Post 163 ⇒ by Gautam Shah ➔
Fabric manufacturing involves texturizing processes at several stages, like, Fibre production, Spinning, Post spinning, Weaving, and Post weaving treatments. These entirely dissimilar processes, at different stages, are designed to achieve specific results. The processes are temporary as well as permanent are mechanical, heat setting, chemical and radiation treatments. Few processes are also used to relax the material and recover from texturizing effects. Some of the texturizing processes are very ancient, used since prehistoric times. Many of the texturizing processes are universal and are used with other materials such as leather, wood, paper, paints, hairdressing and foods.
Texturizing of YARN creates products of many different characteristics from same basic raw materials. Texturizing processes make yarns increase elasticity, surface textures, cross section features, warmth and absorbency; while reducing the transparency, slipperiness, and the possibility of piling (formation of small fibre tangles on a fabric surface). The texturizing includes selective or spot stretching or shrinking, heat setting, chemical fixing, napping, sue-ding, singeing, spot fusing, spot burning, spot dissolving, flocking, embroidery, pile forming, etc.
Texturized yarn is the formation of crimp, loops, coils, or crinkles in filaments. Such changes in the physical form of a fibre affect the behaviour and hand of fabrics made from them. Hand, or handle, is a general term for the characteristics perceived by the sense of touch when a fabric is held in the hand, such as drapability, softness, elasticity, coolness or warmth, stiffness, roughness, and resilience. For continuous yarns the fibre producer may provide primary texturing treatments, followed by a secondary treatment by an intermediate processor. The textile producer treats it further, before or after the weaving. Textured yarns are synthetic filament yarns that are made bulky or stretchy by heating or other techniques. In yarns used for weaving, the warp, or lengthwise, yarns are usually made stronger, more tightly twisted, smoother, and more even, than the filling, or crosswise, weft yarns. For abraded yarns, the surfaces are roughened or cut at various intervals and given added twist, producing a hairy effect. These create air spaces in the yarns, imparting absorbency and improving ventilation. Crimping imparts waviness similar to the natural crimp of wool fibre. Curling, produces curls or loops at various intervals. Coiling adds sections that become stretchable. Such changes are set mainly set by heat application, but occasionally with chemicals. Bulk yarns are often produced by the false twist method, a continuous process in which the filament yarn is twisted and set, and then untwisted and heated again to either stabilize or destroy the twist. The stuffing box technique is often applied to materials like Nylon, where the filament is compressed in a heated tube, imparting a zigzag crimp. In the knit-de-knit process, a synthetic yarn is knitted, heat is applied to set the loops formed by knitting, and the yarn is then unravelled and lightly twisted, thus producing the desired texture in the completed fabric.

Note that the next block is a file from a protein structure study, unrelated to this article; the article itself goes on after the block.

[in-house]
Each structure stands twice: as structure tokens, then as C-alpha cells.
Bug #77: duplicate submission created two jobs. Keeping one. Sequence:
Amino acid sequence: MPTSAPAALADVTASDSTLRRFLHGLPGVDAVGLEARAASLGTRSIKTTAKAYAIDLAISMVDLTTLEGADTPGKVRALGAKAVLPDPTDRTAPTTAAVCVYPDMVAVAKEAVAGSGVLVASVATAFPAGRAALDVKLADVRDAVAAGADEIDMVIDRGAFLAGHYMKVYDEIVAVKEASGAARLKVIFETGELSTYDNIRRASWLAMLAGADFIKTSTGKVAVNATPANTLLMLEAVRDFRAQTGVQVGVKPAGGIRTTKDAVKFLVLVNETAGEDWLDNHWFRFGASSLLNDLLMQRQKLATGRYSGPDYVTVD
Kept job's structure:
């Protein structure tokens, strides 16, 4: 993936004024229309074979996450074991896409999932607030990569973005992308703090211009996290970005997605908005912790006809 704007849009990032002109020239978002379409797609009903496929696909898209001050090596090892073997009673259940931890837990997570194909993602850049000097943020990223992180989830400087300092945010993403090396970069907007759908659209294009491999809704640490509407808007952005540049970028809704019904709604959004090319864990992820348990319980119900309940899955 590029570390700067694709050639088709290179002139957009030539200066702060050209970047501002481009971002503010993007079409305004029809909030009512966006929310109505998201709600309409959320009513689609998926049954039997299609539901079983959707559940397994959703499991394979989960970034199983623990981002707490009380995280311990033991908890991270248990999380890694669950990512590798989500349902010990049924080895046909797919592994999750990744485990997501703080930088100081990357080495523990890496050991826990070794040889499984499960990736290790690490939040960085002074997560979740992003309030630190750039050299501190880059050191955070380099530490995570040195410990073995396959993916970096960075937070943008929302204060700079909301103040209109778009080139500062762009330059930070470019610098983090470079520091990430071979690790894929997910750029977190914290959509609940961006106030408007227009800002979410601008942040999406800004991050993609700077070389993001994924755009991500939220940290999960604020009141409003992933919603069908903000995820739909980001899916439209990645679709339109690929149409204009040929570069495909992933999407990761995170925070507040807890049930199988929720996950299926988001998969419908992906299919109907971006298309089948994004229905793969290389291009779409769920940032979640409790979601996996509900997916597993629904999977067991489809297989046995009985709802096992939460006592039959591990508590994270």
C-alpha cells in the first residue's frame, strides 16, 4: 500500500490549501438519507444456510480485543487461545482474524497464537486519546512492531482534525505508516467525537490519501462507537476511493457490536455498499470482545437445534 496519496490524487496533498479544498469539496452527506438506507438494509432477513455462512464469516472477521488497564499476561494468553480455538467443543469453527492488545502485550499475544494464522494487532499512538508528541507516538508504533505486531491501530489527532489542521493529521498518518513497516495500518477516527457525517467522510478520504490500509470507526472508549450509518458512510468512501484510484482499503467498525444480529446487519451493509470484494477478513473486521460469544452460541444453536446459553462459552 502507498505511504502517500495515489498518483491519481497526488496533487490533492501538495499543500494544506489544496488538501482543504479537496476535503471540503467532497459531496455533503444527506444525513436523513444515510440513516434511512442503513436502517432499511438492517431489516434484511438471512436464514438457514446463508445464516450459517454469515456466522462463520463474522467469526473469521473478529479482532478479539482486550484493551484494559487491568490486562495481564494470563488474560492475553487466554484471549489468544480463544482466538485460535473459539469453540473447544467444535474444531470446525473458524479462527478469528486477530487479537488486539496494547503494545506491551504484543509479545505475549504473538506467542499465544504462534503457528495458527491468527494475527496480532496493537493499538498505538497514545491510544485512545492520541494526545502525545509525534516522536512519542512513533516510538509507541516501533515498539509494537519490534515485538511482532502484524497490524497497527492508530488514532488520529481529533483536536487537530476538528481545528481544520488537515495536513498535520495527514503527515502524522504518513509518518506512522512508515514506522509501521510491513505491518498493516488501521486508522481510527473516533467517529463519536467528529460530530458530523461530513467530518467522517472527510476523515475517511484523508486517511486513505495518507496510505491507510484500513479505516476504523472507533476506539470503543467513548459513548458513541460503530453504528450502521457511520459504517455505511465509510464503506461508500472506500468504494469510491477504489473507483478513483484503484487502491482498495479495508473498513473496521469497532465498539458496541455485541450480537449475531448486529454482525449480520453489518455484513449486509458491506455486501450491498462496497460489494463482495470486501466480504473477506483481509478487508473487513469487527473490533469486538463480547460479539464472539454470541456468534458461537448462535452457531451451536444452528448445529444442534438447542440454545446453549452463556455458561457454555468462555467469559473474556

Texturizing of FABRICS endows the textile new physical properties, such as bulk, feel, absorbency, and patterns. Texturizing processes which were once designed for man-made fibres, are now also applied to natural and mix fibres.
Singeing is a process to produce a smooth surface finish on fabrics made from staple fibres. The fabrics are rapidly passed over a heated copper plate or above a gas flame to burn ends of protruding fibres. Filament yarns do not require singeing, as there are no short fiber ends to project onto the surface of the fabric. A process similar to this but lighter in effect is Ironing, which removes creases from a fabric or garment.
Napped and Sueded fabrics have fiber ends brushed-up onto the surface of the fabric. Napping and sueding are applied to woven or knitted goods. Term pile is often used to refer to the fiber ends that appear on the surface of the cloth. Sueding develops a very low pile on the surface of the fabric that looks and feels like a suede leather. An abrasive material like a sandpaper, is rubbed over a fabric surface to achieve the finish. Napped fabrics are used for clothing and household textiles in which warmth is desired. Fabrics that have some component of thermoplastics or are resin treated are napped to emboss various types of textures. Embossed designs provide surface texture at a lower cost than do woven designs. Blankets, sleep wear, coating fabrics, sweaters etc. are from napped fabrics. Flocking has short fibres with glue printed on the fabric, wholly or selectively (to form patterns).
Beetling is a finish used on linen and fabrics that resemble linen. The fabric revolves slowly over a wooden drum and is pounded with wooden block hammers. The pounding flattens the fabric to make the weave appear more closely woven. The process increases the lustre, smoothness, and absorbency of the fabric.